It's not all smashed avocado for millennials – Part II


as published in Hawke's Bay Today. Canny View by Nick Stewart, Authorised Financial Adviser.

In the first part, we talked about millennials (if you were born between 1980 and 2000, you’re a millennial) and their financial planning behavior.

This week, I’ll talk about opportunities for millennials who want to take further steps to create a brighter financial future.

In New Zealand, trend pieces often depict millennials in the context of young urban professionals spending too much money on avocado-based brunches and too little time saving for a deposit on a house.

In a marketing and advertising context, it is a generalised term for a young, cool person.

If you’re in your 30s, odds are your financial situation is a mixed bag.

On the one hand, maybe you’ve settled into your career and built a little nest egg. At the same time, you might be juggling student loans, a mortgage, and childcare.

Look at the bright side. You still have time on your side (albeit not as much as you had in your 20s). So even small moves can make a huge difference long-term.

1. Getting out of debt: If you earn a salary and have a student loan, use the tax code that’s right for you. This lets your employer know how much to deduct for your student loan. If you want to make extra repayments through your employer, let them know how much extra you want to pay along with your standard deductions each month.

It is also concerning to see the level of credit-card debt New Zealanders rack up, particularly when credit cards tend to have high interest rates.

Millennials are most likely to default on a credit-card payment; the generation accounts for half of such defaults, according to Credit Simple.

It is advised to keep your expenses under control and pay off your credit card on time – and in full – each month.

2. Embrace stocks:  The financial crisis took its toll on many 30-somethings. Nearly 40 percent of millennials say they’ll never feel okay investing in shares (equities), MFS Investment Management has reported. Take note: since 1926, a portfolio mostly in equities has never lost money in any 20-year period while averaging gains of more than 10.8 percent a year, versus 4 percent for bonds.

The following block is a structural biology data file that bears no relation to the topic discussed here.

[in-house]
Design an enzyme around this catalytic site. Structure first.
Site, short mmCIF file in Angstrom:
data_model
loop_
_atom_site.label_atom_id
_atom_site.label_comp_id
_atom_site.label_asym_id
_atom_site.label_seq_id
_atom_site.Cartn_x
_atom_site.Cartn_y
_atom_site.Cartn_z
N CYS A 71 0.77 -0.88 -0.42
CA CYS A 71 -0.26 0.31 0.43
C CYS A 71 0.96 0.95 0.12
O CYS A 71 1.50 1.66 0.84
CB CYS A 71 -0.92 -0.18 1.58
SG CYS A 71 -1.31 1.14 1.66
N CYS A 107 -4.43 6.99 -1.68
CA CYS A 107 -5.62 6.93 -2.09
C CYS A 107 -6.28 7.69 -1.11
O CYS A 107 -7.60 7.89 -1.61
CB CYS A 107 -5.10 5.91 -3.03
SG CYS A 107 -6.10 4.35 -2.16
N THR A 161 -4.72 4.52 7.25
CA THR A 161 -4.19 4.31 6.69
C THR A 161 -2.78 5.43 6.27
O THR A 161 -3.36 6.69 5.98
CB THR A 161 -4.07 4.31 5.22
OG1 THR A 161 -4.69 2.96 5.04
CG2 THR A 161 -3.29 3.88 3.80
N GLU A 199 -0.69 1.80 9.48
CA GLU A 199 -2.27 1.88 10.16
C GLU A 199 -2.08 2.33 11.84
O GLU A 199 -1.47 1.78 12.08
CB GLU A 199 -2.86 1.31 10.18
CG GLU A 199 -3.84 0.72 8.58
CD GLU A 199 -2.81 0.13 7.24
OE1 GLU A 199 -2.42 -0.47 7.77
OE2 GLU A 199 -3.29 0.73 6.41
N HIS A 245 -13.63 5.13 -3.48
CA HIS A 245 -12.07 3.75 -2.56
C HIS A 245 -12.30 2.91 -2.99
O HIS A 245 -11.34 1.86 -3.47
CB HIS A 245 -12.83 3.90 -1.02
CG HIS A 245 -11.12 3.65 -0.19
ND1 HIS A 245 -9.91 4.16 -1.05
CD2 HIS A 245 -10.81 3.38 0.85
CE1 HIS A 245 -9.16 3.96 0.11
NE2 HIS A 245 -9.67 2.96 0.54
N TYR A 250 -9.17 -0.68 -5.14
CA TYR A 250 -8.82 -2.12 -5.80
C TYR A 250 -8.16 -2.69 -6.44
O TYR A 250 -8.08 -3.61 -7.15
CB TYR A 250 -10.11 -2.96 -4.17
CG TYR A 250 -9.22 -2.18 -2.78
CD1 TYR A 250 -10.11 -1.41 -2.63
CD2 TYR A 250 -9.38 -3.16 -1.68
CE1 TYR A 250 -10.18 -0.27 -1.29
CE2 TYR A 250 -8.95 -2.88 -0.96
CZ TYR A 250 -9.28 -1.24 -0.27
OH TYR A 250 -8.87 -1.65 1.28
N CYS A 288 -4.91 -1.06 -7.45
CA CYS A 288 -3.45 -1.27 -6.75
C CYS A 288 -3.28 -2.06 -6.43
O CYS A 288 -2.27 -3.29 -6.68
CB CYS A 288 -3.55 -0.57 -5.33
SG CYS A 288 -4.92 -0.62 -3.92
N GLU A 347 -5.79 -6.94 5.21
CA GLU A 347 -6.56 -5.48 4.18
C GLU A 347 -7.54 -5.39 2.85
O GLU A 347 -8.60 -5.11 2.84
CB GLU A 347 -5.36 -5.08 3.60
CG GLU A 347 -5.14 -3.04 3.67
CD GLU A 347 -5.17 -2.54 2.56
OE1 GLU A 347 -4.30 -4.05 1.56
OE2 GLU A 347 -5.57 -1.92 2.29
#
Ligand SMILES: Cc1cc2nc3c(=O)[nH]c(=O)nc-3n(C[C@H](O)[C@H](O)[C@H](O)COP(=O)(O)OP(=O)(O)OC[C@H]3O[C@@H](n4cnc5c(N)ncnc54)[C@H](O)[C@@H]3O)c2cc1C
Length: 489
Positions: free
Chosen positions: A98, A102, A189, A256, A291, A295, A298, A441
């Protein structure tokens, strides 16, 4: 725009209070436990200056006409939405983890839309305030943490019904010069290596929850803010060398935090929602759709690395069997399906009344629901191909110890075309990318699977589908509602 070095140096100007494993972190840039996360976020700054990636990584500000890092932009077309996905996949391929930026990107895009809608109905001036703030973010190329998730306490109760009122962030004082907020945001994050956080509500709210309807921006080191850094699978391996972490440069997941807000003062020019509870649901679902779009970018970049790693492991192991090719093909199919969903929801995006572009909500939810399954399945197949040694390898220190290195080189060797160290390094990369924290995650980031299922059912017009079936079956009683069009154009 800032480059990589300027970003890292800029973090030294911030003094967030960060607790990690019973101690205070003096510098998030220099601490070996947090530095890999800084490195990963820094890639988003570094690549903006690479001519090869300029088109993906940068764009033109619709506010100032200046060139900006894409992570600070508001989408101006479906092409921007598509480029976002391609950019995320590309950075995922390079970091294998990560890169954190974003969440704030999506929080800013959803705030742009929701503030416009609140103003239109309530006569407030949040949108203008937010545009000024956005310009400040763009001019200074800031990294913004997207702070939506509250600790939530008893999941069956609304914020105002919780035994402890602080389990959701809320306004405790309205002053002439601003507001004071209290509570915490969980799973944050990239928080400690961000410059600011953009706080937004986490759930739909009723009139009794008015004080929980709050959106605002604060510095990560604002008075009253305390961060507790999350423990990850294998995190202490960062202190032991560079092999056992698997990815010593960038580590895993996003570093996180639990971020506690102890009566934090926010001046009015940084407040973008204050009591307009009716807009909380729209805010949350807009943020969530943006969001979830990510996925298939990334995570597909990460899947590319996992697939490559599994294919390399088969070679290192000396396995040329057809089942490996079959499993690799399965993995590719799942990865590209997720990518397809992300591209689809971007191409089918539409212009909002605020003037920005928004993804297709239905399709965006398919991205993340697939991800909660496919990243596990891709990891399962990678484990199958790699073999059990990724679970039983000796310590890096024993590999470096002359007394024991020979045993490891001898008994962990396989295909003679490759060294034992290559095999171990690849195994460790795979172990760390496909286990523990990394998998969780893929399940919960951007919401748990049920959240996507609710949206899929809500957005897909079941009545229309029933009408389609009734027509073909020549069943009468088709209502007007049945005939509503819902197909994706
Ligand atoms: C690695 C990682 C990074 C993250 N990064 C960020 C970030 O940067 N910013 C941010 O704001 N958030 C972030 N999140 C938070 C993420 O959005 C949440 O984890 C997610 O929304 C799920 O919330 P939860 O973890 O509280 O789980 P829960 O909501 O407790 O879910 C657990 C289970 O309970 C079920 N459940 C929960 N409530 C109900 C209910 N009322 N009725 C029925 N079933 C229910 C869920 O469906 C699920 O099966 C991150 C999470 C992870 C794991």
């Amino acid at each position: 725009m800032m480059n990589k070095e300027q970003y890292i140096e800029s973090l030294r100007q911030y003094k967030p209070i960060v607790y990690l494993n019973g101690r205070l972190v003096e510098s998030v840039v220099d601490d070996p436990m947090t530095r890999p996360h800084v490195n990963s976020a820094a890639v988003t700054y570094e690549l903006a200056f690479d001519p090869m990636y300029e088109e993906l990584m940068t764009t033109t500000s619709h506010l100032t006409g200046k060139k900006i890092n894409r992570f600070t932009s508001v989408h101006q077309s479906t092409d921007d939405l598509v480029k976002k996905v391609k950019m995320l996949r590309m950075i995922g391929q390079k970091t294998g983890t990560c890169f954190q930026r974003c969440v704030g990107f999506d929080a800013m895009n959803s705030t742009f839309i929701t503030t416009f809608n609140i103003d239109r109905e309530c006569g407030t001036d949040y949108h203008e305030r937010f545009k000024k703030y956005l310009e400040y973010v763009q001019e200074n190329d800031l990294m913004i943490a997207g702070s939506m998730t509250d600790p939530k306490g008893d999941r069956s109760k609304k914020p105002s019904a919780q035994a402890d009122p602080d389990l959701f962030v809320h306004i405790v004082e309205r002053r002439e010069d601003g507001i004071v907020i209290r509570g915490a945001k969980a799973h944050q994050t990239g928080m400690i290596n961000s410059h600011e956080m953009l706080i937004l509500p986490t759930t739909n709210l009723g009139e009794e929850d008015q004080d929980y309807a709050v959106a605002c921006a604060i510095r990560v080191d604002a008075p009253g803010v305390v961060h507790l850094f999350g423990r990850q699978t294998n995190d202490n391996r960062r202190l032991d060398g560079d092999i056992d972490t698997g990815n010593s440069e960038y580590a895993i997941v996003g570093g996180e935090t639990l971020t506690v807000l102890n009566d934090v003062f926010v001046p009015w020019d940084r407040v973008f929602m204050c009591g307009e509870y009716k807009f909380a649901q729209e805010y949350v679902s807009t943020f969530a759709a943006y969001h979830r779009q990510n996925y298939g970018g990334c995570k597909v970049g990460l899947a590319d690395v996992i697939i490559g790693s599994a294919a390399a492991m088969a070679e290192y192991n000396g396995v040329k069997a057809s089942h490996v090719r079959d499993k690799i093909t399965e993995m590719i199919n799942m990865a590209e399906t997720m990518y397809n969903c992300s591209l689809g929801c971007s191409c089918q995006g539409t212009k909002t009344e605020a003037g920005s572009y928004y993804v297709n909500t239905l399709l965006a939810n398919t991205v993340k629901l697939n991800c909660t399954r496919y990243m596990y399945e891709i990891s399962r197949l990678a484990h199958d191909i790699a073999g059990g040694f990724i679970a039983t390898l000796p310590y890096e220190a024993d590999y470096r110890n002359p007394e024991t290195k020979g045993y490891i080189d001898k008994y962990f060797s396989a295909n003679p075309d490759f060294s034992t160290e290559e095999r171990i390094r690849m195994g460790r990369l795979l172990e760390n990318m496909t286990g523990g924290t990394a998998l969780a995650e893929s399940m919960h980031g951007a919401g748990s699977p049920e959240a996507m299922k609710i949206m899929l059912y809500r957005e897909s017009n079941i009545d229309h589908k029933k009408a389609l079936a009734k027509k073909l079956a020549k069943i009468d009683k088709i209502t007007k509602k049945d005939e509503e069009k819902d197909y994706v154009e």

At age 30, you should have most of your portfolio in equities.

3. KiwiSaver: Firstly, if you’re not in KiwiSaver then enroll as soon as you can, as you are leaving a significant amount of money on the table, namely Government and employer contributions.

Secondly, take a passing interest in your KiwiSaver fund, look more towards growth funds and less toward conservative (and default) funds and if a possible bump up your contributions. These small adjustments now can make a remarkable difference in 30 years’ time.

As an example, if you were to invest the cost of a latte every work day for the next 30 years at a 5 percent return you would have amassed more than $80,000. Now that’s a lot of soy trim double-shot mocha lattes.

4. Buying a house when you can afford: As housing prices continue to soar, especially in Hawke’s Bay, millennials are coming to the stark realisation they may have to rent forever.

A house is typically seen as a measurement of success, but if buying one means never taking a vacation, working well into your elderly years and being in debt when you’re retired, perhaps that measurement needs to change and prioritise other long-term personal goals.

How to get ahead:

  • Starting small and early, millennials can have a rewarding financial future. Here are my best strategies for success:
  • Get an unbiased third party to review your finances – not Dr Google, family or friends – a financial adviser.
  • Prioritise goals. It will help determine what can and needs to be done to achieve them.
  • Automate savings. When you budget for savings, you learn to do without that money.
  • Don’t over-save. Be realistic so you can accomplish your goals and live at the same time.
  • Check-in and realign. A lot happens in a short time when you’re young. Just because you’ve planned once doesn’t mean you’re done for life.

Nick Stewart is an authorised financial adviser and executive director of Stewart Financial Group. Stewart Group is a Hawke’s Bay-owned and operated independent financial planning firm based in Hastings. This represents general information only.

Before making any financial or investment decisions, we recommend you consult a financial planner to consider your investment objectives, financial situation, and individual needs. A disclosure statement can be obtained free by calling 0800 878 961.